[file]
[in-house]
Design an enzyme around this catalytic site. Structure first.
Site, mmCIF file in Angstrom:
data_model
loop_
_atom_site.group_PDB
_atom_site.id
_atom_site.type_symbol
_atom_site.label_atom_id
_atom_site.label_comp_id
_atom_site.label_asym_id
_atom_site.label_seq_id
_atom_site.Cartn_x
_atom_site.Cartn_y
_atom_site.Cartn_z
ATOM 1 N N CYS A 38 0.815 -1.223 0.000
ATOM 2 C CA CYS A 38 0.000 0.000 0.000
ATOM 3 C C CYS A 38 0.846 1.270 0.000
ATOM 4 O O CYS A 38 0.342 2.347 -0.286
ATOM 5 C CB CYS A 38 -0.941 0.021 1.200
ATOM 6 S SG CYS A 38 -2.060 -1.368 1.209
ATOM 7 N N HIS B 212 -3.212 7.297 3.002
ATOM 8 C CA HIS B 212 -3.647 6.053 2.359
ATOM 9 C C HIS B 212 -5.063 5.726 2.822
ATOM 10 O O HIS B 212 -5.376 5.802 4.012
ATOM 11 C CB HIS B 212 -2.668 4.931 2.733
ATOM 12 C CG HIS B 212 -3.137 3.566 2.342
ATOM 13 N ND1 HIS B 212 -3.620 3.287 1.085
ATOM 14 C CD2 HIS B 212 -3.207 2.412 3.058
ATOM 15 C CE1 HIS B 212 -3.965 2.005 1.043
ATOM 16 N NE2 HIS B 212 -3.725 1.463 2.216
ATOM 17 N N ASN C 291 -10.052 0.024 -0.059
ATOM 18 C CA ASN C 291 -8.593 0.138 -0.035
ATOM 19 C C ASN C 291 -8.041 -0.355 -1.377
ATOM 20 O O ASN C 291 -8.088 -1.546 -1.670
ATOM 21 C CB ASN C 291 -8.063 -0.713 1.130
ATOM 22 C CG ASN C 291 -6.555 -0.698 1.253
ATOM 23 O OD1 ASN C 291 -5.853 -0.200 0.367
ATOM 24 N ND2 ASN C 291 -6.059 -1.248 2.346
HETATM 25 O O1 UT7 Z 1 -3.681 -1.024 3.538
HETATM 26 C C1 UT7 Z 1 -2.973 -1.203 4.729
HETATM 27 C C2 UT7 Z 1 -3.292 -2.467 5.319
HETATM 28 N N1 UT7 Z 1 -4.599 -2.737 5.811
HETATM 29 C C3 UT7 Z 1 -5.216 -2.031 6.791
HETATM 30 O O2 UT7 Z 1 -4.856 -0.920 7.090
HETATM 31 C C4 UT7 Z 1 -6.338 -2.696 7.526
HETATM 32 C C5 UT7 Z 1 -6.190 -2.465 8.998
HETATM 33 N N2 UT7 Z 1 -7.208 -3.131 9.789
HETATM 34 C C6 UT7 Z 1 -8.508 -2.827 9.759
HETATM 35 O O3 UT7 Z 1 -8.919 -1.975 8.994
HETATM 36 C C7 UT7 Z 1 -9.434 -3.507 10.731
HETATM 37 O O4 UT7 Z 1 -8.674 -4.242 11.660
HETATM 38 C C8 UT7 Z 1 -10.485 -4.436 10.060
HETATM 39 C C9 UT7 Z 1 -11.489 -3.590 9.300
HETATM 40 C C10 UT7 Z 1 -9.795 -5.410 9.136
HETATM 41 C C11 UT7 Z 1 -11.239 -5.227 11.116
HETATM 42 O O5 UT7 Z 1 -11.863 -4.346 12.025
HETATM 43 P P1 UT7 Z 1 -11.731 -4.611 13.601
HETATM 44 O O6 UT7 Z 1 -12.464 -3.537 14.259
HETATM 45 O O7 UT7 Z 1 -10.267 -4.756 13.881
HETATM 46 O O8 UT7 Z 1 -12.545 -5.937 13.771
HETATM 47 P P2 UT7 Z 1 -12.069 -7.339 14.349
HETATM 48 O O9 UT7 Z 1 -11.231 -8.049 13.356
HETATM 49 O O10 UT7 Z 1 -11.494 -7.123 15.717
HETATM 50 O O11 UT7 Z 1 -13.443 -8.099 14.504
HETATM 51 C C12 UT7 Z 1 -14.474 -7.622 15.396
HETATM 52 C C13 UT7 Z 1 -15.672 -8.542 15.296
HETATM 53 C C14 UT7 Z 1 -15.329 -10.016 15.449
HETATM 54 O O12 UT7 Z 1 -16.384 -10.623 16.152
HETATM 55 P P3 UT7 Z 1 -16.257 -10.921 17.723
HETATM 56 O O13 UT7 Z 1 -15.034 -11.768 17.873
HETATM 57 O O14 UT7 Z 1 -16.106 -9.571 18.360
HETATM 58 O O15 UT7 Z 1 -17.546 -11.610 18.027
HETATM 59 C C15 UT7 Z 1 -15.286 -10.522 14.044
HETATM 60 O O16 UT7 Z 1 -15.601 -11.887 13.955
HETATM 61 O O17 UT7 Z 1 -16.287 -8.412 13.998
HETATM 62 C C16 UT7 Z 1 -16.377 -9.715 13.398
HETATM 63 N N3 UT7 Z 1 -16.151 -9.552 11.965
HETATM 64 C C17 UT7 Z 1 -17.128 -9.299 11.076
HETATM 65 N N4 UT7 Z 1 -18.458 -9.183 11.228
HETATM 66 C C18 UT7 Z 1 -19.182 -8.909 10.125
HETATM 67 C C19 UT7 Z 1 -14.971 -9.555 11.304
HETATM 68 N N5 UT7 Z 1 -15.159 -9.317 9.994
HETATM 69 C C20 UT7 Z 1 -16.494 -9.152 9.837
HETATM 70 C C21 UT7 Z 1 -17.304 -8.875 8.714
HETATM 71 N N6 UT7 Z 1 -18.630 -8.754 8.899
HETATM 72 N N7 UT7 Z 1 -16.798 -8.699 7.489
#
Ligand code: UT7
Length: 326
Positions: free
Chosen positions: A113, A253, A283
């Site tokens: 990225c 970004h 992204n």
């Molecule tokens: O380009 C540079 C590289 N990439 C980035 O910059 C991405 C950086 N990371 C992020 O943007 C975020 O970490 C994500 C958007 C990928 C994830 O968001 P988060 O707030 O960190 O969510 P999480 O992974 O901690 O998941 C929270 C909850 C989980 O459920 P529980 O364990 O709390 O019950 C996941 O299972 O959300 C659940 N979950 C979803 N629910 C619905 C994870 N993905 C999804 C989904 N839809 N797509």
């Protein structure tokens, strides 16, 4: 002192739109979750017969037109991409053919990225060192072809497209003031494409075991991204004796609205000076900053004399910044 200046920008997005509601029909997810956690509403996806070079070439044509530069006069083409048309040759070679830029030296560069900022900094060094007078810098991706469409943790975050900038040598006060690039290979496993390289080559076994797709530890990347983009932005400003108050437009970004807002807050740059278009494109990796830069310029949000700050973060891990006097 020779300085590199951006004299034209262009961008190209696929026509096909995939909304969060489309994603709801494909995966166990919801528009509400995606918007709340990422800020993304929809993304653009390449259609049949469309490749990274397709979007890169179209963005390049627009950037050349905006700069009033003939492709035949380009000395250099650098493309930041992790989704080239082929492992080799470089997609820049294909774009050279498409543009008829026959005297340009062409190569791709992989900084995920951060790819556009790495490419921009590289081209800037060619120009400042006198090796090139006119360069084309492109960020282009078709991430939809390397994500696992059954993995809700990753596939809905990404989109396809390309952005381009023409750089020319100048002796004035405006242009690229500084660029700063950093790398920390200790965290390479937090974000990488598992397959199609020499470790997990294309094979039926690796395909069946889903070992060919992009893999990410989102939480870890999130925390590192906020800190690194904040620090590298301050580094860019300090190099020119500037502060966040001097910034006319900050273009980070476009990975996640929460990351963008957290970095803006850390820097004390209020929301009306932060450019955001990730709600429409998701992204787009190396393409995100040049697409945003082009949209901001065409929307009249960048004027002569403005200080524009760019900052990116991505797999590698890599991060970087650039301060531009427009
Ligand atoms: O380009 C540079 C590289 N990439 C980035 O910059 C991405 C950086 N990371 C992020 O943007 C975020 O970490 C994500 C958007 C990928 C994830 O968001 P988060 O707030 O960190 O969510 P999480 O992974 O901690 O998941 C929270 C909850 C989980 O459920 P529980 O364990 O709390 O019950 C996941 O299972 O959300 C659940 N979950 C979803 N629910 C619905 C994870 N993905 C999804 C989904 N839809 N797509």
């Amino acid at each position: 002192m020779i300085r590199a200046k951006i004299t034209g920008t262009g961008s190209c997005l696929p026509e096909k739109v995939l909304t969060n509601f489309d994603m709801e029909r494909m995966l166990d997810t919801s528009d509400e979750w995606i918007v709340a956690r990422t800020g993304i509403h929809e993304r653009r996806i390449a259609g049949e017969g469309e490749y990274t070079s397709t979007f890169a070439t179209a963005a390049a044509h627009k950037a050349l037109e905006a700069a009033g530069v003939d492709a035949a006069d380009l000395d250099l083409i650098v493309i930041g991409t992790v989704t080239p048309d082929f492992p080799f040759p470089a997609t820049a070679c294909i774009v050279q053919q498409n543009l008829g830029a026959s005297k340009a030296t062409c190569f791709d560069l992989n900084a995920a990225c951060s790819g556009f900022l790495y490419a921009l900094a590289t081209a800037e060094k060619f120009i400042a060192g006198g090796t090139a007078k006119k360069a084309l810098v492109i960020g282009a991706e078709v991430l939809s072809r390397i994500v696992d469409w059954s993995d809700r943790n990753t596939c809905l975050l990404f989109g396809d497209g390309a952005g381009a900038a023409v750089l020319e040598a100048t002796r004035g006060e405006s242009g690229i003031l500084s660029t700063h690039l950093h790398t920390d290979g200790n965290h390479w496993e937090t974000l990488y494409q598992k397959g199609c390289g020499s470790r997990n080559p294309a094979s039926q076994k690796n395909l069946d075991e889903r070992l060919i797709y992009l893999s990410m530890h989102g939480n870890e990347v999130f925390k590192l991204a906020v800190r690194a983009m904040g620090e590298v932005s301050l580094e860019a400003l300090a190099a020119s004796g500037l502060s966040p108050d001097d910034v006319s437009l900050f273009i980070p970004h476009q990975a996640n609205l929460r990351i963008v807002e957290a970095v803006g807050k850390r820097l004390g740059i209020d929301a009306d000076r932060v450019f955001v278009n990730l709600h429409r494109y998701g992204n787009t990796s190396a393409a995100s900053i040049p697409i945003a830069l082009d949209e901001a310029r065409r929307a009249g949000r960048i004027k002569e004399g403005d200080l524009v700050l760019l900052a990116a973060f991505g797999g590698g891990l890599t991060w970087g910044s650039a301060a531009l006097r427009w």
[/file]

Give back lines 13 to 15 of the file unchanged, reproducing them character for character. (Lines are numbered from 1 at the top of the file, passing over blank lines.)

_atom_site.Cartn_x
_atom_site.Cartn_y
_atom_site.Cartn_z